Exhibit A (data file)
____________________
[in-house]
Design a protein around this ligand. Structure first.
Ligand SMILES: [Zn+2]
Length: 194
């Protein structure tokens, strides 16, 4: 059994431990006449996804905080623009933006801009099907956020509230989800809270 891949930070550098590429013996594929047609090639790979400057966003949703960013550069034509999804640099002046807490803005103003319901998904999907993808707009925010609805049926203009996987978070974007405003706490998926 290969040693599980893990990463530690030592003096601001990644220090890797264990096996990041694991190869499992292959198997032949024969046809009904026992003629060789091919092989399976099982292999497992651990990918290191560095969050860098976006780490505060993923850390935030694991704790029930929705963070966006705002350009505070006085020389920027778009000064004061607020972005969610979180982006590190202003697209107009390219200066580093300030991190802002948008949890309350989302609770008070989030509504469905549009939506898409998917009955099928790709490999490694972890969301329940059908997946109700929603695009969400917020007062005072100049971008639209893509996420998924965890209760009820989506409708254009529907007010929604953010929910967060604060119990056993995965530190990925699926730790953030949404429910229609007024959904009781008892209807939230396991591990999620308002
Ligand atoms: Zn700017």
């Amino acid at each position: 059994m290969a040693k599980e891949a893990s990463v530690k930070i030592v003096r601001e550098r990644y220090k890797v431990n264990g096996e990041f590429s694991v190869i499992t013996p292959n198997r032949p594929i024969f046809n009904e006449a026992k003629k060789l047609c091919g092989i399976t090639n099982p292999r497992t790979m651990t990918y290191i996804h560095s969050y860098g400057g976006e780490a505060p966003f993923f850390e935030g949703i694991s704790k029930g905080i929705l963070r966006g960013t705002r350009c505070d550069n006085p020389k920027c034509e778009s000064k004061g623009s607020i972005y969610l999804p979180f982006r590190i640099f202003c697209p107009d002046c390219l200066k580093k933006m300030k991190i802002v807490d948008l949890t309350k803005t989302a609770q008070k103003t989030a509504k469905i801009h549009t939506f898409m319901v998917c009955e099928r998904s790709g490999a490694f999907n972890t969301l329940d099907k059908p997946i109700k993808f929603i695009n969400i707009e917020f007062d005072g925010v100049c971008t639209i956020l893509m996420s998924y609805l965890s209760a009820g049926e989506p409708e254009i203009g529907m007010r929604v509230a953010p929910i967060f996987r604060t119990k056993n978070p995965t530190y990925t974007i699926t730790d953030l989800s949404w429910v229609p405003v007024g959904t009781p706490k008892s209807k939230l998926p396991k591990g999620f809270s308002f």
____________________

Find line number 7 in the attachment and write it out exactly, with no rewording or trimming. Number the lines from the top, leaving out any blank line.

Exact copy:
């Amino acid at each position: 059994m290969a040693k599980e891949a893990s990463v530690k930070i030592v003096r601001e550098r990644y220090k890797v431990n264990g096996e990041f590429s694991v190869i499992t013996p292959n198997r032949p594929i024969f046809n009904e006449a026992k003629k060789l047609c091919g092989i399976t090639n099982p292999r497992t790979m651990t990918y290191i996804h560095s969050y860098g400057g976006e780490a505060p966003f993923f850390e935030g949703i694991s704790k029930g905080i929705l963070r966006g960013t705002r350009c505070d550069n006085p020389k920027c034509e778009s000064k004061g623009s607020i972005y969610l999804p979180f982006r590190i640099f202003c697209p107009d002046c390219l200066k580093k933006m300030k991190i802002v807490d948008l949890t309350k803005t989302a609770q008070k103003t989030a509504k469905i801009h549009t939506f898409m319901v998917c009955e099928r998904s790709g490999a490694f999907n972890t969301l329940d099907k059908p997946i109700k993808f929603i695009n969400i707009e917020f007062d005072g925010v100049c971008t639209i956020l893509m996420s998924y609805l965890s209760a009820g049926e989506p409708e254009i203009g529907m007010r929604v509230a953010p929910i967060f996987r604060t119990k056993n978070p995965t530190y990925t974007i699926t730790d953030l989800s949404w429910v229609p405003v007024g959904t009781p706490k008892s209807k939230l998926p396991k591990g999620f809270s308002f």